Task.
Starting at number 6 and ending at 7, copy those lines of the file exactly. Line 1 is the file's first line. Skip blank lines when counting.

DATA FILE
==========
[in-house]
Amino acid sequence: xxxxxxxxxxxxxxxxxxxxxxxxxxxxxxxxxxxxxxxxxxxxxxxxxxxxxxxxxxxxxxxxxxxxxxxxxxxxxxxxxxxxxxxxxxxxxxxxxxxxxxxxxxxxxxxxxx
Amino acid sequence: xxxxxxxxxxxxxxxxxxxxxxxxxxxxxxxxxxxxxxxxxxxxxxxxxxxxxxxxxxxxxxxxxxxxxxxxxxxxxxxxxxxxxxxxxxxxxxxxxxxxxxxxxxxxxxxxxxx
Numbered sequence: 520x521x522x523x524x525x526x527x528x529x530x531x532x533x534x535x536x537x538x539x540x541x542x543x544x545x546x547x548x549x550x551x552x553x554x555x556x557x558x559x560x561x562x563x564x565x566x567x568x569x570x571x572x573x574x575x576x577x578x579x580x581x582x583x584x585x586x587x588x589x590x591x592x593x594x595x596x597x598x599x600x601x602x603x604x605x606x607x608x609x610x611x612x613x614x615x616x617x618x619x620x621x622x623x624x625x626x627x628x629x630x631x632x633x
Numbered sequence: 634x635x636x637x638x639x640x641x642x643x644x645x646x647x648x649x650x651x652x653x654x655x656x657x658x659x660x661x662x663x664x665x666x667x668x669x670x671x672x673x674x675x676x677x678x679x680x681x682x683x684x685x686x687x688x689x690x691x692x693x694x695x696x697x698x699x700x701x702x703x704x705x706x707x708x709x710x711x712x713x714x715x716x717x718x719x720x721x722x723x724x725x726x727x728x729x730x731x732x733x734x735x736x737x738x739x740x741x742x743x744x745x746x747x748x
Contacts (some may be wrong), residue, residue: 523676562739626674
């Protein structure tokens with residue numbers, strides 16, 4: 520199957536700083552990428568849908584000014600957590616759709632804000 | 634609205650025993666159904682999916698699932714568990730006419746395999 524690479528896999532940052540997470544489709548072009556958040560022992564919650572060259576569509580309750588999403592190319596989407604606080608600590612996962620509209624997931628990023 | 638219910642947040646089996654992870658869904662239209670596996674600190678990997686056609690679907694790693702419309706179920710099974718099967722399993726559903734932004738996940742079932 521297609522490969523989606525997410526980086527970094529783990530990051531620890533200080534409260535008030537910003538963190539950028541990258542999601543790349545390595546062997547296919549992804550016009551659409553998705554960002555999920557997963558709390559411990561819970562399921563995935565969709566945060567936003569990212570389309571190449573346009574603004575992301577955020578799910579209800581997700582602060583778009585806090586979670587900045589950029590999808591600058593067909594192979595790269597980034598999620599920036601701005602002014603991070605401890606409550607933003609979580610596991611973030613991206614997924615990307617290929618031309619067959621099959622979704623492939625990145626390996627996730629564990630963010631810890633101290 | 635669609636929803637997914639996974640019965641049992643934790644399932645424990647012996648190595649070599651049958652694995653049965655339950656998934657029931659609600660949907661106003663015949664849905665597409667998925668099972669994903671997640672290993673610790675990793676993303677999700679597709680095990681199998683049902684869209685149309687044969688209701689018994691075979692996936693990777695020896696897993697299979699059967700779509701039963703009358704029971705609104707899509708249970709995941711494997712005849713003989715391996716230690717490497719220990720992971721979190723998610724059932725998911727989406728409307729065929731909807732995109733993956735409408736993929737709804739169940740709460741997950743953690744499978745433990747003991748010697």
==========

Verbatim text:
Contacts (some may be wrong), residue, residue: 523676562739626674
């Protein structure tokens with residue numbers, strides 16, 4: 520199957536700083552990428568849908584000014600957590616759709632804000 | 634609205650025993666159904682999916698699932714568990730006419746395999 524690479528896999532940052540997470544489709548072009556958040560022992564919650572060259576569509580309750588999403592190319596989407604606080608600590612996962620509209624997931628990023 | 638219910642947040646089996654992870658869904662239209670596996674600190678990997686056609690679907694790693702419309706179920710099974718099967722399993726559903734932004738996940742079932 521297609522490969523989606525997410526980086527970094529783990530990051531620890533200080534409260535008030537910003538963190539950028541990258542999601543790349545390595546062997547296919549992804550016009551659409553998705554960002555999920557997963558709390559411990561819970562399921563995935565969709566945060567936003569990212570389309571190449573346009574603004575992301577955020578799910579209800581997700582602060583778009585806090586979670587900045589950029590999808591600058593067909594192979595790269597980034598999620599920036601701005602002014603991070605401890606409550607933003609979580610596991611973030613991206614997924615990307617290929618031309619067959621099959622979704623492939625990145626390996627996730629564990630963010631810890633101290 | 635669609636929803637997914639996974640019965641049992643934790644399932645424990647012996648190595649070599651049958652694995653049965655339950656998934657029931659609600660949907661106003663015949664849905665597409667998925668099972669994903671997640672290993673610790675990793676993303677999700679597709680095990681199998683049902684869209685149309687044969688209701689018994691075979692996936693990777695020896696897993697299979699059967700779509701039963703009358704029971705609104707899509708249970709995941711494997712005849713003989715391996716230690717490497719220990720992971721979190723998610724059932725998911727989406728409307729065929731909807732995109733993956735409408736993929737709804739169940740709460741997950743953690744499978745433990747003991748010697």